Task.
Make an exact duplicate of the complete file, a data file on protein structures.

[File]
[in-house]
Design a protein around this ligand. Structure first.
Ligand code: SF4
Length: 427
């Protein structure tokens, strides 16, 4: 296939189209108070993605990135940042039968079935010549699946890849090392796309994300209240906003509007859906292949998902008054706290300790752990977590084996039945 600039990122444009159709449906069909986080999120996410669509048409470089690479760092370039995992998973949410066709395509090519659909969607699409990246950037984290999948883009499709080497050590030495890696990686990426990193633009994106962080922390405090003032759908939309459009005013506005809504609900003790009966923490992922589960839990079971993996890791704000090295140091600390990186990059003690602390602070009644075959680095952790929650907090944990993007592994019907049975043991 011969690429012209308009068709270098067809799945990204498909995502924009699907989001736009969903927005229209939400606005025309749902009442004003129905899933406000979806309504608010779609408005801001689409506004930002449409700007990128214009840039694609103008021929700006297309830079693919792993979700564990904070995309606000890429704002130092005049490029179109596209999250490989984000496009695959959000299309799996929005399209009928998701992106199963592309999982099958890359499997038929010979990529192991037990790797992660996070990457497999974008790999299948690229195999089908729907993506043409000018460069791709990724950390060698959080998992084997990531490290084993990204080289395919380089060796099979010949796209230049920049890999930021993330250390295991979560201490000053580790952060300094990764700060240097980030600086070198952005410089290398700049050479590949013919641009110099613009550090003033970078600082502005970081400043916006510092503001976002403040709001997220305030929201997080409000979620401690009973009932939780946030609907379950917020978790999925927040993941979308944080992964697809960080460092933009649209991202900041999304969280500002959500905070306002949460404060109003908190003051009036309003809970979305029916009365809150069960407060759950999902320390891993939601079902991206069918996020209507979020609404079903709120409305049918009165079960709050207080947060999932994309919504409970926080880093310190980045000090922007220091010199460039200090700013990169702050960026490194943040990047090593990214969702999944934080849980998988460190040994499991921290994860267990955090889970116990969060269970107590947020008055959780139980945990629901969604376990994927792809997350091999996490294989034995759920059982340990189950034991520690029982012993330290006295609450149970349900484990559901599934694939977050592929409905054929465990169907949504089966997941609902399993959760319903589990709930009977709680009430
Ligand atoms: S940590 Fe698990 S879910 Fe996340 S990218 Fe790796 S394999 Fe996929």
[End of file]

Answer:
[in-house]
Design a protein around this ligand. Structure first.
Ligand code: SF4
Length: 427
């Protein structure tokens, strides 16, 4: 296939189209108070993605990135940042039968079935010549699946890849090392796309994300209240906003509007859906292949998902008054706290300790752990977590084996039945 600039990122444009159709449906069909986080999120996410669509048409470089690479760092370039995992998973949410066709395509090519659909969607699409990246950037984290999948883009499709080497050590030495890696990686990426990193633009994106962080922390405090003032759908939309459009005013506005809504609900003790009966923490992922589960839990079971993996890791704000090295140091600390990186990059003690602390602070009644075959680095952790929650907090944990993007592994019907049975043991 011969690429012209308009068709270098067809799945990204498909995502924009699907989001736009969903927005229209939400606005025309749902009442004003129905899933406000979806309504608010779609408005801001689409506004930002449409700007990128214009840039694609103008021929700006297309830079693919792993979700564990904070995309606000890429704002130092005049490029179109596209999250490989984000496009695959959000299309799996929005399209009928998701992106199963592309999982099958890359499997038929010979990529192991037990790797992660996070990457497999974008790999299948690229195999089908729907993506043409000018460069791709990724950390060698959080998992084997990531490290084993990204080289395919380089060796099979010949796209230049920049890999930021993330250390295991979560201490000053580790952060300094990764700060240097980030600086070198952005410089290398700049050479590949013919641009110099613009550090003033970078600082502005970081400043916006510092503001976002403040709001997220305030929201997080409000979620401690009973009932939780946030609907379950917020978790999925927040993941979308944080992964697809960080460092933009649209991202900041999304969280500002959500905070306002949460404060109003908190003051009036309003809970979305029916009365809150069960407060759950999902320390891993939601079902991206069918996020209507979020609404079903709120409305049918009165079960709050207080947060999932994309919504409970926080880093310190980045000090922007220091010199460039200090700013990169702050960026490194943040990047090593990214969702999944934080849980998988460190040994499991921290994860267990955090889970116990969060269970107590947020008055959780139980945990629901969604376990994927792809997350091999996490294989034995759920059982340990189950034991520690029982012993330290006295609450149970349900484990559901599934694939977050592929409905054929465990169907949504089966997941609902399993959760319903589990709930009977709680009430
Ligand atoms: S940590 Fe698990 S879910 Fe996340 S990218 Fe790796 S394999 Fe996929």